Are you anxious to get your pre-pregnancy weight back and want to get a tummy tuck or liposuction during your C-section?

If so, then our plastic surgeons in Las Vegas urge you to reconsider that decision.

Even though some doctors will elect to perform a tummy tuck or liposuction during a C-section, most surgeons will not do so for safety reasons.

Tummy tucks and liposuction are both relatively safe procedures, but they do not come without the risk of complications. Some of those complications include blood clot, infection and excessive bleeding. The risk of suffering an adverse reaction during a tummy tuck or liposuction is even greater if you are getting it done along with a C-section, a procedure that is often necessary but carries with it its own set of risks and potential complications.

The risk of complications is indeed greater during a C-section, however, there are also aesthetic reasons to hold off on the tummy tuck and liposuction treatments until you’ve had time to recover from your cesarean and giving birth.

Your surgeon has no way of foreseeing the way that your body will look after getting a tummy tuck or liposuction along with c-section. Doctors recommend that you wait at least eight months after your C-section before you get a tummy tuck or liposuction due to how drastically pregnancy can change your body. You and your doctor want to allow your body the time to heal and get back to “normal” before you undergo any type of cosmetic procedure.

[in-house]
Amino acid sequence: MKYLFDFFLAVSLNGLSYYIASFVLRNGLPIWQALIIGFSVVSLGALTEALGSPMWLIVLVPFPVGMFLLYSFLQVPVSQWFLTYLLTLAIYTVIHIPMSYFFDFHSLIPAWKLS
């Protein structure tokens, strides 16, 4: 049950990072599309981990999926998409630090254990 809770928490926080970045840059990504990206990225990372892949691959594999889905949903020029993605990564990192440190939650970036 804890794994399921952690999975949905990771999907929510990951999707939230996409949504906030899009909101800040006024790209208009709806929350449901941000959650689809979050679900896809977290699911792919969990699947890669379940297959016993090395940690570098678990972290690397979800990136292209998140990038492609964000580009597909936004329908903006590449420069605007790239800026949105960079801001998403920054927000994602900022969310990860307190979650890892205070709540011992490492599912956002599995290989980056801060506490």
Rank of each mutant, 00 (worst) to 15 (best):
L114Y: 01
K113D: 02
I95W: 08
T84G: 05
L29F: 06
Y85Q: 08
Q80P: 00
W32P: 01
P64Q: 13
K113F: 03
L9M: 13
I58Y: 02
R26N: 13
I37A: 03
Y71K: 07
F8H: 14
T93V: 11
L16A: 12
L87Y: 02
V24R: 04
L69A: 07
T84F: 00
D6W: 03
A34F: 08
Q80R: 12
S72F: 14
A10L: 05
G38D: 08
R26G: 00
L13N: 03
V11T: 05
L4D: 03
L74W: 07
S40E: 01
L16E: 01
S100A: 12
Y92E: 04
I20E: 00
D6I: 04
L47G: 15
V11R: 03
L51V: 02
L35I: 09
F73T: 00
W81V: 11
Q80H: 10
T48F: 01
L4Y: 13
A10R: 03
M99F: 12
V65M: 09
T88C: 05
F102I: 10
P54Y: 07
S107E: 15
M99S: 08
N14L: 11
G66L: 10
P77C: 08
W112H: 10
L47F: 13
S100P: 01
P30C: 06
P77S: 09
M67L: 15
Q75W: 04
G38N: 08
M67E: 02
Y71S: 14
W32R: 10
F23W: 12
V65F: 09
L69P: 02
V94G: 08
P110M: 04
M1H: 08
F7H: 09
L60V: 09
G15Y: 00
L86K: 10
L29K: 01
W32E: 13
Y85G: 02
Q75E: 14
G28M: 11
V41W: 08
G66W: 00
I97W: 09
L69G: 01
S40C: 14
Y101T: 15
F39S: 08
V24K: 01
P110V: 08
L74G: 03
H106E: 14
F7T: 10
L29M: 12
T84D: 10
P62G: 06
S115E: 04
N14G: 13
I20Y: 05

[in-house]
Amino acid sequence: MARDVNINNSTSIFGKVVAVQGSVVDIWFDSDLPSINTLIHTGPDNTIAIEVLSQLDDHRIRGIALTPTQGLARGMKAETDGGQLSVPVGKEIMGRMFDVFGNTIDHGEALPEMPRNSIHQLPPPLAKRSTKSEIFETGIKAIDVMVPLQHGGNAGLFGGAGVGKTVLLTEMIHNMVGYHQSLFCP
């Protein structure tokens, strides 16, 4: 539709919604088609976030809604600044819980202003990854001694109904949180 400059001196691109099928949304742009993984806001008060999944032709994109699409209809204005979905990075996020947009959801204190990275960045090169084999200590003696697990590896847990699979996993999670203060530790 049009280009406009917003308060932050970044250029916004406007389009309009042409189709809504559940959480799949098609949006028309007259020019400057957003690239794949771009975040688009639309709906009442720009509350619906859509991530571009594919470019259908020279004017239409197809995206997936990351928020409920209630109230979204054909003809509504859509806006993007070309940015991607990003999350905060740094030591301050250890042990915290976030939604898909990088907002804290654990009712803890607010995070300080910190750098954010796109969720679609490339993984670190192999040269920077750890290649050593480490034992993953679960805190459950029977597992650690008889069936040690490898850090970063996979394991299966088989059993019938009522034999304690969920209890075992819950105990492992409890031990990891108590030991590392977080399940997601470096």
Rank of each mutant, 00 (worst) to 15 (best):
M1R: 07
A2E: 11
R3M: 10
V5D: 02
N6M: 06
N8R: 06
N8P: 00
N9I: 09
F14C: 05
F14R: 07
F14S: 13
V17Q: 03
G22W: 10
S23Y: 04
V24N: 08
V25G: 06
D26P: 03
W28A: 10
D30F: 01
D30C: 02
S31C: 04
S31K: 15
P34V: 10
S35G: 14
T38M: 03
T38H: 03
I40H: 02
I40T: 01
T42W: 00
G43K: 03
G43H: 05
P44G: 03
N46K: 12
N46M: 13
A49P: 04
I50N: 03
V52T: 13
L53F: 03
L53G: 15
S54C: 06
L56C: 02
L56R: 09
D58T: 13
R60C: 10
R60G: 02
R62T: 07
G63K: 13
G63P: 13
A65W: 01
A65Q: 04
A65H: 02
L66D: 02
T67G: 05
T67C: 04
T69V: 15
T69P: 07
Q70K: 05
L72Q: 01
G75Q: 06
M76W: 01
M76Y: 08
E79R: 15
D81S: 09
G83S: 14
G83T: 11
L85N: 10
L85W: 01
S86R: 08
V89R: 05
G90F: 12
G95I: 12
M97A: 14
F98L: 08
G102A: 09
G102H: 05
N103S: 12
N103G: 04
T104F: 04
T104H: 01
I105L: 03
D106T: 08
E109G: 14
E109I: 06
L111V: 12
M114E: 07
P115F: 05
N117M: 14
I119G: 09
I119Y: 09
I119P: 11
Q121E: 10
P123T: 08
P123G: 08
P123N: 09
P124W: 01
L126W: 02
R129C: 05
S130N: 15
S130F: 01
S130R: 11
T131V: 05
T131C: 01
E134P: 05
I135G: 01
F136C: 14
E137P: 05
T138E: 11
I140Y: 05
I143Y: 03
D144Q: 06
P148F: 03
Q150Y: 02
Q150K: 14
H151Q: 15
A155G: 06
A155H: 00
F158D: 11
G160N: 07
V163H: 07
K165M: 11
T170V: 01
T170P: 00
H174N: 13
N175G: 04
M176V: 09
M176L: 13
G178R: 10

Doctors also recommend that you eat a healthy diet and start an exercise regimen before you get cosmetic surgery. Your body could return to normal (or close to it) within a few months with the help of a few lifestyle changes. Undergoing the additional procedure and incurring the extra cost may be completely unnecessary for you. At the very least, it’s a good reason to wait and not rush into it.

It’s no secret that pregnancy can drastically change your body type, but you also need to remember that your body was designed for this process and could bounce back more than you expected. That, coupled with the potential complications, are reason enough to wait until you’ve healed and your body has gotten used to not being pregnant anymore before going under the plastic surgeon’s knife.